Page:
Destructuring Assignment In JavaScript

I

’m not so sure, but I think JavaScript might be the only web technology where you can destructure objects and assign the individual units in one take. It is also one great feature that allows you can get straight to the point with what you have to do and keep things very clean.

Destructuring assignment in more simple words means unpacking the values of objects or arrays into simple variables. You have probably already seen it used somewhere, and it never made sense to you. At the end of this guide, we will see how to use it and what it can replace for you.

Prerequisites

Let’s Start With Arrays

Old school ways tell us that if we have an array and we want to assign some of it’s values to variables, we do something like this:

let johnDoe = ["John", "Doe", "Iskolo"]
let firstName = johnDoe[0]
let lastName = johnDoe[1]
let title = johnDoe[2]

console.log(firstName, lastName, title) // John Doe Iskolo

But would you not like to do this instead?

let johnDoe = ["John", "Doe", "Iskolo"]
let [firstName, lastName, title] = johnDoe
console.log(firstName, lastName, title) // John Doe Iskolo

The best part is that you can pick any number of elements you want

let johnDoe = ["John", "Doe", "Iskolo"]
let [firstName, lastName] = johnDoe
console.log(firstName, lastName) // John Doe

Or

let johnDoe = ["John", "Doe", "Iskolo"]
let [, lastName, title] = johnDoe
console.log(lastName, title) // Doe Iskolo

We can do it with strings as well

let [firstName, ,title] = "John Doe Iskolo".split(" ")
console.log(firstName, title) // John Iskolo

We can throw in the rest operator to collect the rest 😆

let [firstName, ...others] = "John Doe Iskolo".split(" ")
console.log(firstName, others) // John Iskolo

And we can even bring in objects here

let johnDone = {}
[johnDoe.first, johnDoe.last] = "John Doe Iskolo".split(" ")
console.log(johnDoe.first, johnDoe.last) // John Doe

In Looping Through Objects We can use it in looping through a key-value pair variable like an object or map. Here is what is very common:

let obj = {
  firstName : "John",
  lastName : "Doe",
  title : "Iskolo"
}
Object.keys(obj).forEach(key => {
  console.log(`${key} : ${obj[key]}`)
})

We can spin that differently like this:

let obj = {
  firstName : "John",
  lastName : "Doe",
  title : "Iskolo"
}
for(let [key, value] of Object.entries(obj)) {
  console.log(`${key} : ${value}`)
}

It might look like the same thing to you, but it is not. In using forEach above, we pull the keys of the object into an array, then looping through that array of keys now and using those keys to pick out the values of objects. Phew! I lost my breath for a second reading that 😃.

In the second part, we just go straight and loop through each object entries and extracting the keys and values.

Assigning default values We can assign defaults values, just for a situation where the variable we wish to destructure is empty

let [firstName = "John", ,title = "Fire"] = "John Doe".split(" ")
console.log(firstName, title) // John Fire

Now To Objects

Like we did with arrays, we can destructure objects as well. If you have ever used React, you are likely to have seen this used when importing a module.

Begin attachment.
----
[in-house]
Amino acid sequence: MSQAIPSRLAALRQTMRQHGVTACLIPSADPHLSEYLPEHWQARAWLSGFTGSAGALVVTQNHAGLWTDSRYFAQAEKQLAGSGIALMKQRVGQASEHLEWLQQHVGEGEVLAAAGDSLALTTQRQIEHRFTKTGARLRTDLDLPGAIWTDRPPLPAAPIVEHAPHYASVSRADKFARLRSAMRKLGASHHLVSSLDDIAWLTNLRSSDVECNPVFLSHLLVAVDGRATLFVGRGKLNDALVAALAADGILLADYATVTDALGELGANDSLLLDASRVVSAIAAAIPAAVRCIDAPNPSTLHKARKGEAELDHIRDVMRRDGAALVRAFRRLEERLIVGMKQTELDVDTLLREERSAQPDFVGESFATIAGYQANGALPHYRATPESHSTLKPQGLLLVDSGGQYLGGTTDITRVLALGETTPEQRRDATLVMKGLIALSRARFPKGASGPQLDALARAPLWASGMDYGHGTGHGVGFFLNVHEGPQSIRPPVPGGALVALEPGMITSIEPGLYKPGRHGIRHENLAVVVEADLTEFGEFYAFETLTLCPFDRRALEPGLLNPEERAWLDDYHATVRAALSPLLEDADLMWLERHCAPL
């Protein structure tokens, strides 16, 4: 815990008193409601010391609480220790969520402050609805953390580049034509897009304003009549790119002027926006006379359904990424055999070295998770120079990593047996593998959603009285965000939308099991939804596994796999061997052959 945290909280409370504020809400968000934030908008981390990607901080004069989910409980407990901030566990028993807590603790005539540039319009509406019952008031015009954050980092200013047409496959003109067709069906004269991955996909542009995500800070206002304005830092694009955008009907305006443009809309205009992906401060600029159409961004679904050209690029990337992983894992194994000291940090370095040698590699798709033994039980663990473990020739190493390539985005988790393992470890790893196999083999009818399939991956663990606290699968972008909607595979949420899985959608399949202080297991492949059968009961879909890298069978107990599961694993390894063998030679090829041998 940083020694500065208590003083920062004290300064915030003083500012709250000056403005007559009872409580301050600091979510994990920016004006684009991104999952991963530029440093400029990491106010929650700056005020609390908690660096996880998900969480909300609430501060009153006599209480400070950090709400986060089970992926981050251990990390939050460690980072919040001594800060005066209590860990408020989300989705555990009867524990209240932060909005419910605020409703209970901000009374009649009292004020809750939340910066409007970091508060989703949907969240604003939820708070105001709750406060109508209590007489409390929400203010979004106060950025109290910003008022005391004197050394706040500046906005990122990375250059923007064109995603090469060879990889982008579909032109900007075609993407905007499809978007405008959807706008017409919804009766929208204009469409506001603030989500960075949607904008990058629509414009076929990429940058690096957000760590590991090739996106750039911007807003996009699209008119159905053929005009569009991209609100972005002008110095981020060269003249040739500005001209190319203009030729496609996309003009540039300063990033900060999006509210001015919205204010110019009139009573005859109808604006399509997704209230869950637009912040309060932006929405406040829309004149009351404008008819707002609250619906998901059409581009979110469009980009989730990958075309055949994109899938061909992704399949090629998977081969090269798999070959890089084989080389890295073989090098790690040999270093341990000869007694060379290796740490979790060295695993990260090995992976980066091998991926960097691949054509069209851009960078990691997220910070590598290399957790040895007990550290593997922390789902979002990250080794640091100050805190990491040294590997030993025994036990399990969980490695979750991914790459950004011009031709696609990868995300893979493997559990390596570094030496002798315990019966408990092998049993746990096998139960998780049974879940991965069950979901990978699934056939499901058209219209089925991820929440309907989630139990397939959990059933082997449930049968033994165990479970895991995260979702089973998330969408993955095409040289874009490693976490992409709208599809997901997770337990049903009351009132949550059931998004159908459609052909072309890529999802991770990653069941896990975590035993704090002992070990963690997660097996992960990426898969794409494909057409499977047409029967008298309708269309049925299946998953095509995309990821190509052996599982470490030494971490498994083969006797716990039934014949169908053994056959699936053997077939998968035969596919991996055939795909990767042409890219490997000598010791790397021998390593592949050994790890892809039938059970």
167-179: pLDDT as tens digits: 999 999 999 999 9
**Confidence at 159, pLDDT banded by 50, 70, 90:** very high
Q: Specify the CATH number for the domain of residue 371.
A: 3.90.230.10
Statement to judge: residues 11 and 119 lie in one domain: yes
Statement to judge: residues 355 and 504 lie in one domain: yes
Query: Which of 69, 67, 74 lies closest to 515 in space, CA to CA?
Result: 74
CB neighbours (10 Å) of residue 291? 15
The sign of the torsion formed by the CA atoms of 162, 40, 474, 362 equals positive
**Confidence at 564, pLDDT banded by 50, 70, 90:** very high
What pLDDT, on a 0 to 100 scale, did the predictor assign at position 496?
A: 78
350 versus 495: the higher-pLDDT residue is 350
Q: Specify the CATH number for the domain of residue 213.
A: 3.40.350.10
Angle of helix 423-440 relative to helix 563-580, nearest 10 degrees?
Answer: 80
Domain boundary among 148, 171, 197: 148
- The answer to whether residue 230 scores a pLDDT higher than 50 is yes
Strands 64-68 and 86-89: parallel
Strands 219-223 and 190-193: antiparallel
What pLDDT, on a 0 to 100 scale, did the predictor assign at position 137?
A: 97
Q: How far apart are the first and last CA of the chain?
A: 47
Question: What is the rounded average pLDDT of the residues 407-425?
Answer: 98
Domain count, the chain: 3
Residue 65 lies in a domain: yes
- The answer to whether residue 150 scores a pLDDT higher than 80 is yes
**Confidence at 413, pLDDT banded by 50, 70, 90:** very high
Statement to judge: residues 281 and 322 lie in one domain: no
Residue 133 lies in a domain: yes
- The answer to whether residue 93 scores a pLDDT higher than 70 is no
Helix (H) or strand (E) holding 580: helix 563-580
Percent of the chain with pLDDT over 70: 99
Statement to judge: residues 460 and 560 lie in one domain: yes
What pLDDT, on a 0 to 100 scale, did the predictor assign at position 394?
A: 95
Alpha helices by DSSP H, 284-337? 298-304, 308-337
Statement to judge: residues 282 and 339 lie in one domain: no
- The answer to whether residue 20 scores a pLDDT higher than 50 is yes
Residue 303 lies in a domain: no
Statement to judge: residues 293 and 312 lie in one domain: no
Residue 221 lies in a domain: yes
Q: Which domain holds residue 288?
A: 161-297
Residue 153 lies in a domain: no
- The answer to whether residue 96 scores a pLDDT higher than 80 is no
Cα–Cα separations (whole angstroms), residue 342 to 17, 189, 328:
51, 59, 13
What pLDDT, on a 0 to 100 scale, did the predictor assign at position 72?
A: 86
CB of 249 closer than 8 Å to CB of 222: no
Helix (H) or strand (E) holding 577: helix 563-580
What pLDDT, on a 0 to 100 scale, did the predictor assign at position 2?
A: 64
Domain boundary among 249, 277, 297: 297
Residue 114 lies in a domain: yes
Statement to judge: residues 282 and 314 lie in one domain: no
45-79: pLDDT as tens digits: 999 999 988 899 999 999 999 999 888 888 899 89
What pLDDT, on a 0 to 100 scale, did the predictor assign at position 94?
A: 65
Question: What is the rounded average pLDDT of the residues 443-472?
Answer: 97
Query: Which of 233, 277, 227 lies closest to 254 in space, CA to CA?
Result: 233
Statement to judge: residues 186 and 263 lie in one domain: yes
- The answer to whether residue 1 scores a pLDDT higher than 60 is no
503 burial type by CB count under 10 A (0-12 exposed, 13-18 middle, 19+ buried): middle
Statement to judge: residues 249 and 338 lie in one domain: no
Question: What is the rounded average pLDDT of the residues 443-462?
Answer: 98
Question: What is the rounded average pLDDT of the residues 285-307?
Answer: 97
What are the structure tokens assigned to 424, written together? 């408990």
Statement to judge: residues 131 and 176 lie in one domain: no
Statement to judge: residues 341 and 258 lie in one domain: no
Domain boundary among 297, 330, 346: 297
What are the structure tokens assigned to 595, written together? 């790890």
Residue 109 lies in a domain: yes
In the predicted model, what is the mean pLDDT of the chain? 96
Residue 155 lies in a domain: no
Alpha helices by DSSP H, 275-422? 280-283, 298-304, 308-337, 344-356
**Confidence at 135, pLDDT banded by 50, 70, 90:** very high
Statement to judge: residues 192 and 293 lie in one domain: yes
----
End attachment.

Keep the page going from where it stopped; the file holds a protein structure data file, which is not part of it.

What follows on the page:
let obj = {
  firstName : "John",
  lastName : "Doe",
  title : "Iskolo"
}

let {firstName, lastName) = obj
console.log(firstName, lastName) // John Doe

When destructuring objects, we use the keys as variable names. This is how JavaScript knows which property of the object you want to assign. Unlike arrays where you use their index/positions in the assignment, here you use the keys.

This destructuring works on any kind of object. If your object has nested values, you can still destructure that and extract the values into variables.

let obj = {
  name : "John Doe",
  address : {
    city : "Omsk",
    country : "Russia"
  }
}
let {city, country} = obj.address
console.log(city, country) // Omsk Russia

Using It To Pass Function Arguments

Let’s be frank, you might have seen functions that look like this:

function sumFunc(a = true, b = "", c = "", d = 0, e = false) {
  console.log(a,b,c,d,e)
}
// Call the function
sumFunc(true, "", "", "", true)
// Or if we want to preserve default values
sumFunc(true, undefined, undefined, undefined, true)

It doesn’t look so good. It gets worse if you are trying to perform a function like making a chart and you need a lot of arguments (think like 15 optional arguments) to create the chat. It is plainly unsustainable.

Let destructuring save the day 😃

function sumFunc({a = true, b = "", c = "", d = 0, e = false}) {
  console.log(a,b,c,d,e)
}
let args = {a : false, e: true}
// Call the function
sumFunc(args)

By passing the function arguments as an object, they will get automatically resolved into independent arguments. Now, we pass an object with matching key-value pairs and the function will work nicely.

Admit it, you love the destructured way 😁.

Conclusion

Destructuring is an operation you can do without, however, you can already see how it makes you a better developer. Cleaner code, fewer repetitions and more structure over what you have.

Use destructuring today and make your code a better code 😀.